Galactic Axia is based on a common-wealth of planets spread throughout the Milky Way Galaxy and is comprised of human beings scattered among the stars. It is governed by a royal family, and held together by a common constitution. The military branch of the Axia, known as Troopers, protect the Axia with fleets of powerful spaceships. The main character is a young man named Delmar Eagleman. He is an orphan from the planet Erdinata. He must escape the abuse of his guardian brother and find his destiny among the stars, hence the first book of the series, Escape to Destiny. The other books either follow his story or stand alone on a common timeline. They are clean and wholesome, no profanity or sex scenes. Good reading for all ages.
The Apostle Murders is different because it looks into the mind of a minister that has spent his entire life serving God. But after years of ministry, he sees the church shift from the old-timey traditions to a more modern paradigm of contemporary worship. In a deranged state, he believes God calls him to restore order to the church by recreating the martyrdom of the original apostles of Jesus Christ. So while he’s preaching on the weekend, he’s a serial killer during the week. A team of mismatched FBI agents are assigned to catch him before he can kill again. The book is loaded with tons of church insights, the murders are historically accurate in that ever murder is committed exactly as the original apostles died, and you as the reader will come to empathize with the killer, not just the victims.
I also have a delightful children’s book on the market called Strangers in the Stable. It is a look at the nativity as seen from the viewpoint of the animals in the stable the night Jesus was born. It is beautifully illustrated in 3D color graphics. Your kids would treasure it.
Why do I write what I do?
I think I answered some of this question in an earlier paragraph, but I’ll try to be more concise here. I write about outer space because I really believe we are not alone in the universe. I write about murder because the criminal mind intrigues me. I write children’s books because I have grandchildren, which are always a mystery to me. I have no idea why I’m doing a western.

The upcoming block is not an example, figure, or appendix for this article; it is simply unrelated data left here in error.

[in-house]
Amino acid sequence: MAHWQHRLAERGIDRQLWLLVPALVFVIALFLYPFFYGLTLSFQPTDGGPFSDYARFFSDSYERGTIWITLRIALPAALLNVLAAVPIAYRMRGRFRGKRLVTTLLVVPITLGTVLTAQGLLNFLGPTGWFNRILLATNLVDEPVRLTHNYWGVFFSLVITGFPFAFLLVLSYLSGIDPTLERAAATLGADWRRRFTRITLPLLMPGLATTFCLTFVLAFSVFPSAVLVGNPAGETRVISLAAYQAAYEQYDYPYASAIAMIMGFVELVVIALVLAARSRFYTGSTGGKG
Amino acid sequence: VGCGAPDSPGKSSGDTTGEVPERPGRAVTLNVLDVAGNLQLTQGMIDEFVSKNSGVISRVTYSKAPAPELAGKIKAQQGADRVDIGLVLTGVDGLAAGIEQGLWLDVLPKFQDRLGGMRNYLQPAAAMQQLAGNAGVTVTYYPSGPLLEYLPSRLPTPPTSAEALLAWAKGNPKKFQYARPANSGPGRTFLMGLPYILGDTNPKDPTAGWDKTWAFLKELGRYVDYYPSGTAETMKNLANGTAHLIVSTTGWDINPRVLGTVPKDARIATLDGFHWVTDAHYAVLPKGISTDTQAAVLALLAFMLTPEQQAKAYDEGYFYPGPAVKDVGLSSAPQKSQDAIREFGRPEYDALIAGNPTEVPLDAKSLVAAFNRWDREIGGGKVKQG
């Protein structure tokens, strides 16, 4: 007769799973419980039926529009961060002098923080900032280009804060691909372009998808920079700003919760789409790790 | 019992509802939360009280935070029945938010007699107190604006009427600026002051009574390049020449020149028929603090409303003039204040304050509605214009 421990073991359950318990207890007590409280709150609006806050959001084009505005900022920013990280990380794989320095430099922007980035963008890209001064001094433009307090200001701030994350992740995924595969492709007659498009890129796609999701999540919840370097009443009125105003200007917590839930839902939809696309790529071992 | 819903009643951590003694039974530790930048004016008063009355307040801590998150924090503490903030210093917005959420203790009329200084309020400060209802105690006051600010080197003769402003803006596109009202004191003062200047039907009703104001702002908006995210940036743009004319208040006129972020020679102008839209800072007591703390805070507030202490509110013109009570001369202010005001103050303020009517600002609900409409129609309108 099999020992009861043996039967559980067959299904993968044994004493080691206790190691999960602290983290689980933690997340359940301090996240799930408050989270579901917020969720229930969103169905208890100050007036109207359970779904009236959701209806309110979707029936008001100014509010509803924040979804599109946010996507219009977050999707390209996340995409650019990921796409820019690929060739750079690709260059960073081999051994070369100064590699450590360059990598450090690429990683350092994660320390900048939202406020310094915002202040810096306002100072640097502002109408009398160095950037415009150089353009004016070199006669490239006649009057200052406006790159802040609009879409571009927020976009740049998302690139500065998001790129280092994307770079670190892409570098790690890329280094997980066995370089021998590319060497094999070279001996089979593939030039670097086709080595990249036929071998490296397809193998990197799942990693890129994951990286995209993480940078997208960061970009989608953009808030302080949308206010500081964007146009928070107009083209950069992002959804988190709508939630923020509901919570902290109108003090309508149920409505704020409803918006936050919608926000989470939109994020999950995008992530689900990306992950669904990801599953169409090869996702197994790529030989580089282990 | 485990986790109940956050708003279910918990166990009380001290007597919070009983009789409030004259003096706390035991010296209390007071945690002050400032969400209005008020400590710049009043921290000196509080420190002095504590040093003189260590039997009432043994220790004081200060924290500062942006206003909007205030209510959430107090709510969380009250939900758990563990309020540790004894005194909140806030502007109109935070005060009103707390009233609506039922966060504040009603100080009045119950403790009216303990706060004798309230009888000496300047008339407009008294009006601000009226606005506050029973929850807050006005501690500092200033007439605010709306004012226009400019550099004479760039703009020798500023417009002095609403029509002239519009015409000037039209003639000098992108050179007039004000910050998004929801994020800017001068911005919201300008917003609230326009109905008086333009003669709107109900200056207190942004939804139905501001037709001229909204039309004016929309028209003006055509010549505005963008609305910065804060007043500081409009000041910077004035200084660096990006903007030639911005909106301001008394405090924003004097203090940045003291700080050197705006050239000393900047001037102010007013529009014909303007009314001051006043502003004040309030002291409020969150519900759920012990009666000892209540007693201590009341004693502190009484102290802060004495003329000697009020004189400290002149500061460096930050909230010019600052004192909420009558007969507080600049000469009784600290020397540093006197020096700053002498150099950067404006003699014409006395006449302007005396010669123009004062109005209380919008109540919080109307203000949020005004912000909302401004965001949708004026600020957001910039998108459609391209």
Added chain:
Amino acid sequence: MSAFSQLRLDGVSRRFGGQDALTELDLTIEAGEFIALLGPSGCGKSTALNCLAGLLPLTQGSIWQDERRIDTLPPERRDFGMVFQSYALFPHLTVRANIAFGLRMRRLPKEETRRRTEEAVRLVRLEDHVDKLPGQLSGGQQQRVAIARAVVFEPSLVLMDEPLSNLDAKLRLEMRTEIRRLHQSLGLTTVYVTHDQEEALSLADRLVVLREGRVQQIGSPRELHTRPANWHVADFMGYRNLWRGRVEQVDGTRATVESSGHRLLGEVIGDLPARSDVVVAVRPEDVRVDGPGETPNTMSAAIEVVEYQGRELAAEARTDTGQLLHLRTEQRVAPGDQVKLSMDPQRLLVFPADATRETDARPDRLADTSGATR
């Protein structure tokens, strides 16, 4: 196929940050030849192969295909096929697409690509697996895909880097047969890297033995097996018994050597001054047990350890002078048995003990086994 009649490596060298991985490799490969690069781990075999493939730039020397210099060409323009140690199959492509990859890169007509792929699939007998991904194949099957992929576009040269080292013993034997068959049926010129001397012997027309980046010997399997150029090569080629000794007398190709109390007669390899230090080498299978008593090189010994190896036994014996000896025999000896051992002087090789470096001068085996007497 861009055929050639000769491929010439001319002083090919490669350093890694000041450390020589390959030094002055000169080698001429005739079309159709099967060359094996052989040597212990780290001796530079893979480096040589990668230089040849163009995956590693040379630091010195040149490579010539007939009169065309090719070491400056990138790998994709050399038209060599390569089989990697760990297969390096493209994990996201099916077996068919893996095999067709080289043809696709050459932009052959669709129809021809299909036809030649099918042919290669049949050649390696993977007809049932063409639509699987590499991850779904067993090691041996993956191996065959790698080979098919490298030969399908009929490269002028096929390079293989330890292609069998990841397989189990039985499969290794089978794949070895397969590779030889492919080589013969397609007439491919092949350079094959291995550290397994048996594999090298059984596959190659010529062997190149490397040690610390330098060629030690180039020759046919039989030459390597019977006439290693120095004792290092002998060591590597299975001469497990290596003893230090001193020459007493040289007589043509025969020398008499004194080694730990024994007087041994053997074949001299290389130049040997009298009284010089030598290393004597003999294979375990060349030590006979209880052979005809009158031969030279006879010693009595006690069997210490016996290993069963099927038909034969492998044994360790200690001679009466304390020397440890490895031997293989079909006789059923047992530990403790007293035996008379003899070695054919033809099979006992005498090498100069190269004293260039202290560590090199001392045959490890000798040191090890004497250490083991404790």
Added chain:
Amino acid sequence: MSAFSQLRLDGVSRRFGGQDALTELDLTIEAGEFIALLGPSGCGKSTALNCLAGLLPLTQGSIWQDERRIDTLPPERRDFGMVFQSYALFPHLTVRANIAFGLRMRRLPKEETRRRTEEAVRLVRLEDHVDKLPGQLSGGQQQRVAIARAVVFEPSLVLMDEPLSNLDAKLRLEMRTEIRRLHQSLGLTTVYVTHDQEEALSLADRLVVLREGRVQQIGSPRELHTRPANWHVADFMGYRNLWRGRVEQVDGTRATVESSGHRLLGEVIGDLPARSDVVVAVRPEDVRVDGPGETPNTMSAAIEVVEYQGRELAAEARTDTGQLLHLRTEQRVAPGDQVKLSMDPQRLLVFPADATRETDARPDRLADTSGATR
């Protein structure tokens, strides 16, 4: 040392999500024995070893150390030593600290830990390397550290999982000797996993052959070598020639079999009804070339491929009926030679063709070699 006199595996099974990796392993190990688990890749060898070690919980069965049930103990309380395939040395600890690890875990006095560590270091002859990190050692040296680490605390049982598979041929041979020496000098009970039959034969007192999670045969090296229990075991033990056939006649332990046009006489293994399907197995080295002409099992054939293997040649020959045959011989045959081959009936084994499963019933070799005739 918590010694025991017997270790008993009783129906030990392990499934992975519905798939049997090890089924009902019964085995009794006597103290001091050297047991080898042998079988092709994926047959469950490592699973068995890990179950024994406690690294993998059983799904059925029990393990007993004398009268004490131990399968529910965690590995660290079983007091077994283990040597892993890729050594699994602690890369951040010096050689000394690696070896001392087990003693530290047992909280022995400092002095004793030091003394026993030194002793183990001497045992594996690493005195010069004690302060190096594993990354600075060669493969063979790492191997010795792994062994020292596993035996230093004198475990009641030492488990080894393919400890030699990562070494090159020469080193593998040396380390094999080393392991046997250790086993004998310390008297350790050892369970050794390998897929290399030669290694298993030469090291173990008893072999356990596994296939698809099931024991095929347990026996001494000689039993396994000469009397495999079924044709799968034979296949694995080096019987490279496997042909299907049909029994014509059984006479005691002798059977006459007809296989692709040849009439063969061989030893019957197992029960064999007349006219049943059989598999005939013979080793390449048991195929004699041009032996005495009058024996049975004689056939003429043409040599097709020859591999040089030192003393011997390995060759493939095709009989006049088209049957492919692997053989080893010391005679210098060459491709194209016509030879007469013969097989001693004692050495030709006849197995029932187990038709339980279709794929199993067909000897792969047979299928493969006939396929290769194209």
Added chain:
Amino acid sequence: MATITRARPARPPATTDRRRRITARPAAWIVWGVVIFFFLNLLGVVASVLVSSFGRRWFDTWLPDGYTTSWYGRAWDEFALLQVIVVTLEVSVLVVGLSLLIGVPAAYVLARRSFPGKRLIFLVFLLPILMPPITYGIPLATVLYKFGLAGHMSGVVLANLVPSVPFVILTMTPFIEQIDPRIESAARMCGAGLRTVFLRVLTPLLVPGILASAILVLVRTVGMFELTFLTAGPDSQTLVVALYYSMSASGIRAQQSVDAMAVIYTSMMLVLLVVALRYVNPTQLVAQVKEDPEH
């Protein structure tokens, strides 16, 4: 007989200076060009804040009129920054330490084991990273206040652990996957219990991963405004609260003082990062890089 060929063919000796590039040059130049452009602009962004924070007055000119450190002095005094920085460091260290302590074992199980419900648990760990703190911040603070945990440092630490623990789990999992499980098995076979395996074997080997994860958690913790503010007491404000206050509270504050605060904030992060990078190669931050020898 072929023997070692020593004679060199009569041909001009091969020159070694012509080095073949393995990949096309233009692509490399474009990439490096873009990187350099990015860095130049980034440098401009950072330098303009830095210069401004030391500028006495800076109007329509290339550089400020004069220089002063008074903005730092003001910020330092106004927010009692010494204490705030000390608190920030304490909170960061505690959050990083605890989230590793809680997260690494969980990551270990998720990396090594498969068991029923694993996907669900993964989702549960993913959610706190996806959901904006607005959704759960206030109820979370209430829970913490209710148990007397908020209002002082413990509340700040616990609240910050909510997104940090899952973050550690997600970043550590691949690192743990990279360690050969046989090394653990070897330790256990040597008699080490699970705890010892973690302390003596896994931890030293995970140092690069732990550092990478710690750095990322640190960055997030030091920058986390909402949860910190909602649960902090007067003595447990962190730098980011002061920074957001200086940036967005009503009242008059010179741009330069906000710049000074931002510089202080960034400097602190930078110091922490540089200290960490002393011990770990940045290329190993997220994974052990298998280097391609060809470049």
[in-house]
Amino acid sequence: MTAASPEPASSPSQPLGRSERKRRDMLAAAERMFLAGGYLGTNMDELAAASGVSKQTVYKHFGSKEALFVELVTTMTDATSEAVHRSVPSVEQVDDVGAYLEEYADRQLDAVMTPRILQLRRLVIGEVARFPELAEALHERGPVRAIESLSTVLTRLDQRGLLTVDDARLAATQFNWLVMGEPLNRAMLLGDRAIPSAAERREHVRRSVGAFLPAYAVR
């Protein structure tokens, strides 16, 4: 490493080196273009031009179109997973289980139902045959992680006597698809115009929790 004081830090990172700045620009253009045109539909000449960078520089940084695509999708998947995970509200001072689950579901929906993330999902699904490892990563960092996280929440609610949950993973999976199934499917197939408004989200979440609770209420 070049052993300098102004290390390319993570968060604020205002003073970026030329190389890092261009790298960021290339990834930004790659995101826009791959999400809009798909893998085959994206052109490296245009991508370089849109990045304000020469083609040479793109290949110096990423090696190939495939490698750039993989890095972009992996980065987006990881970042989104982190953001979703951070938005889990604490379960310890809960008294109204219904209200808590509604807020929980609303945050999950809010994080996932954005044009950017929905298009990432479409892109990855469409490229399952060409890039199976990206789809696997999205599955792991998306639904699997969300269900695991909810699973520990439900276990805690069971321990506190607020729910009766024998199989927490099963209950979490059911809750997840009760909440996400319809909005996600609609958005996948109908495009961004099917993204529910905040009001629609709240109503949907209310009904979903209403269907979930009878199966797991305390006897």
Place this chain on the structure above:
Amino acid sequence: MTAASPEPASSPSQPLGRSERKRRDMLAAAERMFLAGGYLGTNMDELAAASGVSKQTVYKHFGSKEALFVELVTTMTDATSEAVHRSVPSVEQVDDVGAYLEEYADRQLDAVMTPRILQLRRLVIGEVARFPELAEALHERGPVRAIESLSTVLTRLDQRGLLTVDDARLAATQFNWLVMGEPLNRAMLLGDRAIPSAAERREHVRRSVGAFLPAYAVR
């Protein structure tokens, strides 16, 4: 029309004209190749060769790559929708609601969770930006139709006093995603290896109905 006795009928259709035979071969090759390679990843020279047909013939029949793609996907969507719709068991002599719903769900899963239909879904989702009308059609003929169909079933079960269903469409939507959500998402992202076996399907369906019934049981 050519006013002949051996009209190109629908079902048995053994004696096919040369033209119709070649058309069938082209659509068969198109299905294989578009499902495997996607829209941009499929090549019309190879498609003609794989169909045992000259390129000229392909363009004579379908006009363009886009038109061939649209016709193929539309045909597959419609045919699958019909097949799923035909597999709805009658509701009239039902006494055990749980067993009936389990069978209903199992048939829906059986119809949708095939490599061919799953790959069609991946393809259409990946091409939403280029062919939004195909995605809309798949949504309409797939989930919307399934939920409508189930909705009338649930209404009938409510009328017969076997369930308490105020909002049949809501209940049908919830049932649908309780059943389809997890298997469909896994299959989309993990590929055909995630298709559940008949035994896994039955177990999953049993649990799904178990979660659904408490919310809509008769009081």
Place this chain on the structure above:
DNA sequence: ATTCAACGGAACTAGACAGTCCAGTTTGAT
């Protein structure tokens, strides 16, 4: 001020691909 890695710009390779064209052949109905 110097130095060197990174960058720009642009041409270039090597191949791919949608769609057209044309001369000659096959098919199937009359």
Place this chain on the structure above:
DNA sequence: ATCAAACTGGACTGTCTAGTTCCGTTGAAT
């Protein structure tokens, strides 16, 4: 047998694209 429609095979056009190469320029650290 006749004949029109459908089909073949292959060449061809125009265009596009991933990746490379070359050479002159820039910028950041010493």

How does my writing process work?
When I’m really in the groove and have a story well thought out and I know where I’m going, I get up early, fix myself a cup of coffee, and start banging on my keyboard. The plot thickens and the storyline flows. Other times, I sit on the back porch or in my truck with a yellow legal pad and try to scratch out something that makes sense. When I first started writing, I always did it long-hand on the legal pad. I couldn’t always read my handwriting afterward, but it worked for me. Still does on occasion. I’ve been trying more recently to write using my laptop. I just hate laptop keyboards, don’t you? So I usually end up attaching an external 19 inch monitor and sitting at the table with it, which makes no sense at all but I do it anyway.
I am a notorious editor, which means I have the tendency to edit as I write. I know most writers say to get it down on paper first and edit later. I agree that’s the way to do it. I just can’t stand to read over what I’ve written and see something that could have been said better and leave it for later. When I finish a chapter, I tend to go over it again and again and again until I get it right before moving on to the next chapter. This really slows down the writing process, which is why it takes me months to do a book instead of weeks, but that’s my process.
Well, this blog has turned into a journal, so I’ll stop here (proofread and edit it over and over again, then edit it again) and tag Gloria Teague and M. Carolyn Steele. After all, why should they sleep in on a Saturday morning? I’m up when I should be sleeping late, so everyone else might as well rise and shine as well.